Absent but Implicit: Wanting to be Independent

Michael White was an Australian social worker and family therapist known for his legacy in psychotherapy. Most notably, Michael developed the practices of narrative therapy (Carey et al., 2009) and contributed significantly to his field through rigorous discussions and the sharing of therapeutic concepts such as ‘externalising’ and ‘the absent but implicit’ (Carey & Russell, 2002).

“Externalising locates problems, not within individuals, but as products of culture and history. Problems are understood to have been socially constructed and created over time.”

— Maggie Carey & Shona Russell, 2002. ‘Externalising – commonly asked questions’.

‘The absent but implicit’ describes a desired outcome, or “preferred story”, indicating what people want for their lives and what matters to them (Carey et al., 2009). This story can be inferred by listening to people describe their problems and identifying the absent but implicit alternative story that contrasts the present problematic experience. Uncovering these implications is done through a therapeutic technique Michael White has called ‘double listening’ (Freedman, 2012).

“Applied to therapeutic practice, these understandings offer a range of possibilities for identifying and exploring preferred stories that are alternative to the problem story.”

— Jill Freedman, 2012. ‘Explorations of the absent but implicit’.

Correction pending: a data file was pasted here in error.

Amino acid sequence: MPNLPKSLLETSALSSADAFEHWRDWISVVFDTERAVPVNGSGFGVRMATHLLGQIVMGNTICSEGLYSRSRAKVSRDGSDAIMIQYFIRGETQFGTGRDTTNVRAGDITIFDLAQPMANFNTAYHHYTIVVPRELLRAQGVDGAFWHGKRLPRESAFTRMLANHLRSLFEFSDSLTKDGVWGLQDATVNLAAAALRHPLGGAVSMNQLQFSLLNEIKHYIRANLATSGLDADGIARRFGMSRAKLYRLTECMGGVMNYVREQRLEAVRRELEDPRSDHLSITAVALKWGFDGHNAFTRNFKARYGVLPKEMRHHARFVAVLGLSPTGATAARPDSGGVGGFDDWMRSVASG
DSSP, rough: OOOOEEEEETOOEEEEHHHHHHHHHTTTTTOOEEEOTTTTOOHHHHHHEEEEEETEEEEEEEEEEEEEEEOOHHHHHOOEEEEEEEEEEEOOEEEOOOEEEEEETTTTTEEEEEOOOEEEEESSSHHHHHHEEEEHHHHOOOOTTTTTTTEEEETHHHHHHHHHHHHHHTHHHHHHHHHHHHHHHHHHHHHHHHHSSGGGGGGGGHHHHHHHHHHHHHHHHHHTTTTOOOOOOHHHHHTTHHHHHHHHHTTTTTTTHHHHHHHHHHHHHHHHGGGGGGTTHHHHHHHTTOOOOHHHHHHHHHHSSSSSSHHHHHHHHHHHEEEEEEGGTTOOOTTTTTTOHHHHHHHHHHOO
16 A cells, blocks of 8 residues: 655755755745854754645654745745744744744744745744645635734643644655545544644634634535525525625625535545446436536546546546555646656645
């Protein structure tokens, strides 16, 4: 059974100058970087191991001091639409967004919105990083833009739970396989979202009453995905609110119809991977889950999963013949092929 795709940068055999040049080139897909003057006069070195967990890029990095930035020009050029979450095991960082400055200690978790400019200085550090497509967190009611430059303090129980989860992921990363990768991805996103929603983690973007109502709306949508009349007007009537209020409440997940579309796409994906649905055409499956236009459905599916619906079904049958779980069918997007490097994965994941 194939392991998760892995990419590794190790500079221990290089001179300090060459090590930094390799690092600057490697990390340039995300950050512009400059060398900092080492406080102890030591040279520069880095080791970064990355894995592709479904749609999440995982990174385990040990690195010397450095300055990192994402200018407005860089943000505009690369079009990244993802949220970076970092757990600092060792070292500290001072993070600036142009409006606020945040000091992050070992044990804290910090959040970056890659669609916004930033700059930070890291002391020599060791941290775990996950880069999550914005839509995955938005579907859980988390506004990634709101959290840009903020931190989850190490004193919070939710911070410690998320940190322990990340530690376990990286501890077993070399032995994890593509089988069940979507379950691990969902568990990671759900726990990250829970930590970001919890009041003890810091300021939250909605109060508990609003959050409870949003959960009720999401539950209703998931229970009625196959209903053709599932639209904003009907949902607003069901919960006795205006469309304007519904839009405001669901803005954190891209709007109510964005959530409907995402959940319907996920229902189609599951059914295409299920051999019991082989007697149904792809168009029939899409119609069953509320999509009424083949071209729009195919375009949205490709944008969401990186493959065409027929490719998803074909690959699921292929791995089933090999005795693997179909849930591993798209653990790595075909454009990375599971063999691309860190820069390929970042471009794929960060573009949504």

In reflecting upon a particular experience of disruption and frustration related to my work life, I can apply Michael White’s narrative practices and concept of ‘the absent but implicit’ to better understand the situation and gain some insight about myself.

I am fortunate enough to have been working since I was 14 years and 9 months old, as early as I possibly could. Because of this, I’m very comfortable and confident in my own abilities as an employee. It also helps that I’ve been working in the same industry, hospitality, since starting all those years ago. I’ve been at three different workplaces with four different bosses and countless managers above me, and I’ve learnt my fair share about conflict resolution and dealing with disruption from each job. In fact, I’d say that problems associated with my work life have occurred less and less as I’ve grown older. Although this may be the case, unfortunately there has been a recently frustrating and disruptive experience related to my work.

For most of last year, I had been living away from home for the first time in a sharehouse with some close friends. The initial move was intimidating but once I had settled in I felt the happiest I’d been since commencing my tertiary studies. Paying rent was a new expense for me to deal with though I was sure that my income was stable and my savings sensible enough to not have to worry about that.